"Love lasts about seven years. That's how long it takes for the cells of the body to totally replace themselves."
After a Murakami marathon, I decided to take a break and read something "light" but still enjoyable. Francoise Sagan seemed the perfect choice.
"Avec mon meilleur souvenir", written in 1984, is a book about what Sagan loved the most: gambling and how she won her only possession - a big house in Normandy; speeding up, jazz and her Favorite BIllie Holliday for whom she travelled all the way to New York; writers, especially Tennessee Williams whom she considers to be amongst the greatest writers; the theatre, which she started as a way to amuse her entourage but which ended up being a passion that she would never give up, just like gambling.
The book ends with a love letter to Jean - Paul Sartre in which she acknowledges him as the most important writer in French literature, the one that delivered what he had promised in his books: to be true to his words and beliefs. The sequel? A blind Sartre wishes to meet Sagan...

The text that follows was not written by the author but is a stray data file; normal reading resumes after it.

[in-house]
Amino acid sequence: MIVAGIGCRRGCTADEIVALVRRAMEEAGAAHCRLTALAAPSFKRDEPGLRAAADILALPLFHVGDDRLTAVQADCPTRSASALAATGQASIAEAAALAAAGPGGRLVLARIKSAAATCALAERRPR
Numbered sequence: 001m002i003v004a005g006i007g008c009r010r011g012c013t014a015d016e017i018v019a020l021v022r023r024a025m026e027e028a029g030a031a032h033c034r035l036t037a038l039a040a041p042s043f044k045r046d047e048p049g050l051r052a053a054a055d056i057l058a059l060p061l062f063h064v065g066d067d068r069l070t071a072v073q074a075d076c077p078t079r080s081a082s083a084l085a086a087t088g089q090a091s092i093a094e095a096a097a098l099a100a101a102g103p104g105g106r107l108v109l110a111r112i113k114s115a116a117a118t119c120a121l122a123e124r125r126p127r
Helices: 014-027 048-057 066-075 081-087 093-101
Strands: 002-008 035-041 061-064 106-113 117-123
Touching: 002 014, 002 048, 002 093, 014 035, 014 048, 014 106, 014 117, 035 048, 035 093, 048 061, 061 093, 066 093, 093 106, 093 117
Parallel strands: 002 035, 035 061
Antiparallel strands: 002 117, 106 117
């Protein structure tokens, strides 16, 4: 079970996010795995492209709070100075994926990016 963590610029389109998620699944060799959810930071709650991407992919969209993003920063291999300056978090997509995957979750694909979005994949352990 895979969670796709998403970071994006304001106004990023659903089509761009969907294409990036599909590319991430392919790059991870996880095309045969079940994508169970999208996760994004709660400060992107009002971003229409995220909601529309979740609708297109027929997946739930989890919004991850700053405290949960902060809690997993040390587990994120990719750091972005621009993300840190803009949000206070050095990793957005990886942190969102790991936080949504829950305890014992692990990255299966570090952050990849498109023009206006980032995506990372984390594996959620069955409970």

Everything that Sagan writes about is what moved her along the years. She reveals herself in a tender way, while sincerely narrating about the years long past and the fascinating people that she encountered. We discover between the lines a writer that fears loneliness, and who spends nights on end in the casinos of Saint-Tropez.
Still, Sagan returns to literature, fearing the fact that she might not write and reminding us of the four books that she considers to be her guiding light in a troubled universe. These books are Gide's "The Fruits of the Earth", Camus' "The Rebel", Rimbaud's "Illuminations" and Proust's "Albertine gone".
Here are a few of her words of wisdom:
“Jazz music is an intensified feeling of nonchalance.”
“I shall live badly if I do not write, and I shall write badly if I do not live.”
"I have loved to the point of madness; that which is called madness, that which to me, is the only sensible way to love."